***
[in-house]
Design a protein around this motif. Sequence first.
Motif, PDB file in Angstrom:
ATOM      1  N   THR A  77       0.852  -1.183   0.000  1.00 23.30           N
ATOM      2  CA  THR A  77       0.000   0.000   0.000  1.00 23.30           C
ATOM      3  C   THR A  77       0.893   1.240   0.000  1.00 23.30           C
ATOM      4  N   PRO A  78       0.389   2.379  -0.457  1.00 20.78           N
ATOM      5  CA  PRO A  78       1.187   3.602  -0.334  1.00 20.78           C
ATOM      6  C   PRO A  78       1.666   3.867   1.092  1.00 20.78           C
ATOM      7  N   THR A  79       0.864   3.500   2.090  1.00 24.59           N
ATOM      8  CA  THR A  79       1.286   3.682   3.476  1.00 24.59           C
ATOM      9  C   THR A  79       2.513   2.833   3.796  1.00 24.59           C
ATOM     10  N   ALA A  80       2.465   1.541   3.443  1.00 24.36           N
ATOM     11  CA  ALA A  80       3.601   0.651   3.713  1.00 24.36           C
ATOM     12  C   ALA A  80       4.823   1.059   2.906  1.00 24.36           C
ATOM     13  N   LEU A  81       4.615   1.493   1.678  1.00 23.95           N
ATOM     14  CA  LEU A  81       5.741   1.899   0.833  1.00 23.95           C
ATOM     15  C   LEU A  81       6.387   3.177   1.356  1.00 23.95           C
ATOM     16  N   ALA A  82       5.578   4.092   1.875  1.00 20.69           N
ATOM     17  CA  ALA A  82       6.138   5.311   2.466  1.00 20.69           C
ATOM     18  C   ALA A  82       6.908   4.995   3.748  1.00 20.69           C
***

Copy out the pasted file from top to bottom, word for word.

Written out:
[in-house]
Design a protein around this motif. Sequence first.
Motif, PDB file in Angstrom:
ATOM      1  N   THR A  77       0.852  -1.183   0.000  1.00 23.30           N
ATOM      2  CA  THR A  77       0.000   0.000   0.000  1.00 23.30           C
ATOM      3  C   THR A  77       0.893   1.240   0.000  1.00 23.30           C
ATOM      4  N   PRO A  78       0.389   2.379  -0.457  1.00 20.78           N
ATOM      5  CA  PRO A  78       1.187   3.602  -0.334  1.00 20.78           C
ATOM      6  C   PRO A  78       1.666   3.867   1.092  1.00 20.78           C
ATOM      7  N   THR A  79       0.864   3.500   2.090  1.00 24.59           N
ATOM      8  CA  THR A  79       1.286   3.682   3.476  1.00 24.59           C
ATOM      9  C   THR A  79       2.513   2.833   3.796  1.00 24.59           C
ATOM     10  N   ALA A  80       2.465   1.541   3.443  1.00 24.36           N
ATOM     11  CA  ALA A  80       3.601   0.651   3.713  1.00 24.36           C
ATOM     12  C   ALA A  80       4.823   1.059   2.906  1.00 24.36           C
ATOM     13  N   LEU A  81       4.615   1.493   1.678  1.00 23.95           N
ATOM     14  CA  LEU A  81       5.741   1.899   0.833  1.00 23.95           C
ATOM     15  C   LEU A  81       6.387   3.177   1.356  1.00 23.95           C
ATOM     16  N   ALA A  82       5.578   4.092   1.875  1.00 20.69           N
ATOM     17  CA  ALA A  82       6.138   5.311   2.466  1.00 20.69           C
ATOM     18  C   ALA A  82       6.908   4.995   3.748  1.00 20.69           C